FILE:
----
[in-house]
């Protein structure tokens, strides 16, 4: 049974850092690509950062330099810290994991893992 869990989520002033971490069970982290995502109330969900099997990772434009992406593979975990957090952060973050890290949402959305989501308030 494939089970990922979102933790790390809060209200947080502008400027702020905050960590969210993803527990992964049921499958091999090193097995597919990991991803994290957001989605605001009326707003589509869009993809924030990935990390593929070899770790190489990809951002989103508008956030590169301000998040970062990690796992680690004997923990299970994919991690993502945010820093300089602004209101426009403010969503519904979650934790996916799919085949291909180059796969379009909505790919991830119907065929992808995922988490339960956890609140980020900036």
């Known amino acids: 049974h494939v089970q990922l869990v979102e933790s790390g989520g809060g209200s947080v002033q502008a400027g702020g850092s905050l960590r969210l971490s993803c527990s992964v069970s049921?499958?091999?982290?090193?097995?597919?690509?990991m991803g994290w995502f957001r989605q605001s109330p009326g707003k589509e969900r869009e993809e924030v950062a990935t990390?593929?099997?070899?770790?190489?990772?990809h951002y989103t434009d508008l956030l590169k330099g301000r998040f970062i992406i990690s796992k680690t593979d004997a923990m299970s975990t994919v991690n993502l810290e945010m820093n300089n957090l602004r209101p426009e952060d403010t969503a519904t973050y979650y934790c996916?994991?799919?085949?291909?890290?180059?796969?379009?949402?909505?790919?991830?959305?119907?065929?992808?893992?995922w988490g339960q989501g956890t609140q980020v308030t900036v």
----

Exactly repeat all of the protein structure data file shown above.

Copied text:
[in-house]
């Protein structure tokens, strides 16, 4: 049974850092690509950062330099810290994991893992 869990989520002033971490069970982290995502109330969900099997990772434009992406593979975990957090952060973050890290949402959305989501308030 494939089970990922979102933790790390809060209200947080502008400027702020905050960590969210993803527990992964049921499958091999090193097995597919990991991803994290957001989605605001009326707003589509869009993809924030990935990390593929070899770790190489990809951002989103508008956030590169301000998040970062990690796992680690004997923990299970994919991690993502945010820093300089602004209101426009403010969503519904979650934790996916799919085949291909180059796969379009909505790919991830119907065929992808995922988490339960956890609140980020900036």
């Known amino acids: 049974h494939v089970q990922l869990v979102e933790s790390g989520g809060g209200s947080v002033q502008a400027g702020g850092s905050l960590r969210l971490s993803c527990s992964v069970s049921?499958?091999?982290?090193?097995?597919?690509?990991m991803g994290w995502f957001r989605q605001s109330p009326g707003k589509e969900r869009e993809e924030v950062a990935t990390?593929?099997?070899?770790?190489?990772?990809h951002y989103t434009d508008l956030l590169k330099g301000r998040f970062i992406i990690s796992k680690t593979d004997a923990m299970s975990t994919v991690n993502l810290e945010m820093n300089n957090l602004r209101p426009e952060d403010t969503a519904t973050y979650y934790c996916?994991?799919?085949?291909?890290?180059?796969?379009?949402?909505?790919?991830?959305?119907?065929?992808?893992?995922w988490g339960q989501g956890t609140q980020v308030t900036v």